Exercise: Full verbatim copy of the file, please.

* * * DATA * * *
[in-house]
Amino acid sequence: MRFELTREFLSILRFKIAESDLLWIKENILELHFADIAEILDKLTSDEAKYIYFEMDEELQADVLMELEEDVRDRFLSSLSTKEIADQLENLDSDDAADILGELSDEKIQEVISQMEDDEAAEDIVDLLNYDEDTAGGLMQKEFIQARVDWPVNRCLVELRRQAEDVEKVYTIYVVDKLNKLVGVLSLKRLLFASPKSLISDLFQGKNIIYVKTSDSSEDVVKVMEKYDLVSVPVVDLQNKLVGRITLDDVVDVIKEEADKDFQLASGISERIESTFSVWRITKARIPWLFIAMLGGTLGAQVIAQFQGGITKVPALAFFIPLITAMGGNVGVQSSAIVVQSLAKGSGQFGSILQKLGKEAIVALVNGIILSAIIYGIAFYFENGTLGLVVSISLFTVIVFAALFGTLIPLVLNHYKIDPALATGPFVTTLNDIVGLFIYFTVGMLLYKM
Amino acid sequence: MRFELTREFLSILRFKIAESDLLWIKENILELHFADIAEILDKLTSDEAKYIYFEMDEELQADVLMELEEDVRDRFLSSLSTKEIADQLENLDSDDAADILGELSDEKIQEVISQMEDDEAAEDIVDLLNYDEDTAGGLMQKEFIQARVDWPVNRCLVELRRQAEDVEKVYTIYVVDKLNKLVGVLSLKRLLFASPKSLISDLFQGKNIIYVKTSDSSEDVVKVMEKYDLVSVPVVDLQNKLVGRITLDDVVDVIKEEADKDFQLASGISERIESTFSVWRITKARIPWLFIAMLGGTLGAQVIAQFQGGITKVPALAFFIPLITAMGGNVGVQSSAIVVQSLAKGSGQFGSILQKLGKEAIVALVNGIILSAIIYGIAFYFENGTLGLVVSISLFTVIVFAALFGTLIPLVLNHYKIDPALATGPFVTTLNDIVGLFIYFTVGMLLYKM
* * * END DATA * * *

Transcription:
[in-house]
Amino acid sequence: MRFELTREFLSILRFKIAESDLLWIKENILELHFADIAEILDKLTSDEAKYIYFEMDEELQADVLMELEEDVRDRFLSSLSTKEIADQLENLDSDDAADILGELSDEKIQEVISQMEDDEAAEDIVDLLNYDEDTAGGLMQKEFIQARVDWPVNRCLVELRRQAEDVEKVYTIYVVDKLNKLVGVLSLKRLLFASPKSLISDLFQGKNIIYVKTSDSSEDVVKVMEKYDLVSVPVVDLQNKLVGRITLDDVVDVIKEEADKDFQLASGISERIESTFSVWRITKARIPWLFIAMLGGTLGAQVIAQFQGGITKVPALAFFIPLITAMGGNVGVQSSAIVVQSLAKGSGQFGSILQKLGKEAIVALVNGIILSAIIYGIAFYFENGTLGLVVSISLFTVIVFAALFGTLIPLVLNHYKIDPALATGPFVTTLNDIVGLFIYFTVGMLLYKM
Amino acid sequence: MRFELTREFLSILRFKIAESDLLWIKENILELHFADIAEILDKLTSDEAKYIYFEMDEELQADVLMELEEDVRDRFLSSLSTKEIADQLENLDSDDAADILGELSDEKIQEVISQMEDDEAAEDIVDLLNYDEDTAGGLMQKEFIQARVDWPVNRCLVELRRQAEDVEKVYTIYVVDKLNKLVGVLSLKRLLFASPKSLISDLFQGKNIIYVKTSDSSEDVVKVMEKYDLVSVPVVDLQNKLVGRITLDDVVDVIKEEADKDFQLASGISERIESTFSVWRITKARIPWLFIAMLGGTLGAQVIAQFQGGITKVPALAFFIPLITAMGGNVGVQSSAIVVQSLAKGSGQFGSILQKLGKEAIVALVNGIILSAIIYGIAFYFENGTLGLVVSISLFTVIVFAALFGTLIPLVLNHYKIDPALATGPFVTTLNDIVGLFIYFTVGMLLYKM